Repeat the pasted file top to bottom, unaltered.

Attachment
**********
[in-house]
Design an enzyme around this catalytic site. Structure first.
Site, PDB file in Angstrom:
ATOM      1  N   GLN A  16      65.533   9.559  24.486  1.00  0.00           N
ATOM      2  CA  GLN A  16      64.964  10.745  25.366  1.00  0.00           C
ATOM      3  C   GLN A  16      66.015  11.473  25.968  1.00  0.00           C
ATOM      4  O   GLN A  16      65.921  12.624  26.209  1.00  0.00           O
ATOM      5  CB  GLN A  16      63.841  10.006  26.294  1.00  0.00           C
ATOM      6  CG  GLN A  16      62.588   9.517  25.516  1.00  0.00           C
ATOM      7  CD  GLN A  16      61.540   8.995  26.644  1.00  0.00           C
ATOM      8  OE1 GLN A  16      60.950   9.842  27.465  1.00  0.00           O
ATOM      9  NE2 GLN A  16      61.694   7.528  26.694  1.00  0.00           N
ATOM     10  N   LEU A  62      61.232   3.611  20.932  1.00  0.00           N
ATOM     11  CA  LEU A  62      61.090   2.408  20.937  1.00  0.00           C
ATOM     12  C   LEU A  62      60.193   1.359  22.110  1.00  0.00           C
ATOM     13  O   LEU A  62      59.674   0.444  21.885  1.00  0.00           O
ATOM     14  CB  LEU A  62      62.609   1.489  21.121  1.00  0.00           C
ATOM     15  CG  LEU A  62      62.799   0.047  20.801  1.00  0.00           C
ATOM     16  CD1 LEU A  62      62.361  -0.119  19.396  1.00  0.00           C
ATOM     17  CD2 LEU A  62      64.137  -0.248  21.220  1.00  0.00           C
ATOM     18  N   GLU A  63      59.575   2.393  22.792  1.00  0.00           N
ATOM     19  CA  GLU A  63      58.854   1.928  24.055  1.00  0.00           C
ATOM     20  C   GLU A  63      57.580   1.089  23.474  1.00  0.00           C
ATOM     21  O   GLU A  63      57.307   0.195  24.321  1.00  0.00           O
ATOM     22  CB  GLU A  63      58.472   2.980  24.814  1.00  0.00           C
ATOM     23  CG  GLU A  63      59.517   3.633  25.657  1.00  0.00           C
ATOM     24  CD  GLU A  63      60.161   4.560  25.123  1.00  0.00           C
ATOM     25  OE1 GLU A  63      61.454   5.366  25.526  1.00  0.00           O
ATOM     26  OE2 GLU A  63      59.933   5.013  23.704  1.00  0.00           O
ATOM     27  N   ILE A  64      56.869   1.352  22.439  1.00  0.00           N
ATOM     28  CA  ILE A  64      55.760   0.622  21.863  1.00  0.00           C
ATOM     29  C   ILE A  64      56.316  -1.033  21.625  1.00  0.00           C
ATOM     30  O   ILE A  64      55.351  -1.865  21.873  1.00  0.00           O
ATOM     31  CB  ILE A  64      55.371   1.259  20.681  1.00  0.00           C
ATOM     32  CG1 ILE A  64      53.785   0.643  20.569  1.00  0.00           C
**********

[in-house]
Design an enzyme around this catalytic site. Structure first.
Site, PDB file in Angstrom:
ATOM      1  N   GLN A  16      65.533   9.559  24.486  1.00  0.00           N
ATOM      2  CA  GLN A  16      64.964  10.745  25.366  1.00  0.00           C
ATOM      3  C   GLN A  16      66.015  11.473  25.968  1.00  0.00           C
ATOM      4  O   GLN A  16      65.921  12.624  26.209  1.00  0.00           O
ATOM      5  CB  GLN A  16      63.841  10.006  26.294  1.00  0.00           C
ATOM      6  CG  GLN A  16      62.588   9.517  25.516  1.00  0.00           C
ATOM      7  CD  GLN A  16      61.540   8.995  26.644  1.00  0.00           C
ATOM      8  OE1 GLN A  16      60.950   9.842  27.465  1.00  0.00           O
ATOM      9  NE2 GLN A  16      61.694   7.528  26.694  1.00  0.00           N
ATOM     10  N   LEU A  62      61.232   3.611  20.932  1.00  0.00           N
ATOM     11  CA  LEU A  62      61.090   2.408  20.937  1.00  0.00           C
ATOM     12  C   LEU A  62      60.193   1.359  22.110  1.00  0.00           C
ATOM     13  O   LEU A  62      59.674   0.444  21.885  1.00  0.00           O
ATOM     14  CB  LEU A  62      62.609   1.489  21.121  1.00  0.00           C
ATOM     15  CG  LEU A  62      62.799   0.047  20.801  1.00  0.00           C
ATOM     16  CD1 LEU A  62      62.361  -0.119  19.396  1.00  0.00           C
ATOM     17  CD2 LEU A  62      64.137  -0.248  21.220  1.00  0.00           C
ATOM     18  N   GLU A  63      59.575   2.393  22.792  1.00  0.00           N
ATOM     19  CA  GLU A  63      58.854   1.928  24.055  1.00  0.00           C
ATOM     20  C   GLU A  63      57.580   1.089  23.474  1.00  0.00           C
ATOM     21  O   GLU A  63      57.307   0.195  24.321  1.00  0.00           O
ATOM     22  CB  GLU A  63      58.472   2.980  24.814  1.00  0.00           C
ATOM     23  CG  GLU A  63      59.517   3.633  25.657  1.00  0.00           C
ATOM     24  CD  GLU A  63      60.161   4.560  25.123  1.00  0.00           C
ATOM     25  OE1 GLU A  63      61.454   5.366  25.526  1.00  0.00           O
ATOM     26  OE2 GLU A  63      59.933   5.013  23.704  1.00  0.00           O
ATOM     27  N   ILE A  64      56.869   1.352  22.439  1.00  0.00           N
ATOM     28  CA  ILE A  64      55.760   0.622  21.863  1.00  0.00           C
ATOM     29  C   ILE A  64      56.316  -1.033  21.625  1.00  0.00           C
ATOM     30  O   ILE A  64      55.351  -1.865  21.873  1.00  0.00           O
ATOM     31  CB  ILE A  64      55.371   1.259  20.681  1.00  0.00           C
ATOM     32  CG1 ILE A  64      53.785   0.643  20.569  1.00  0.00           C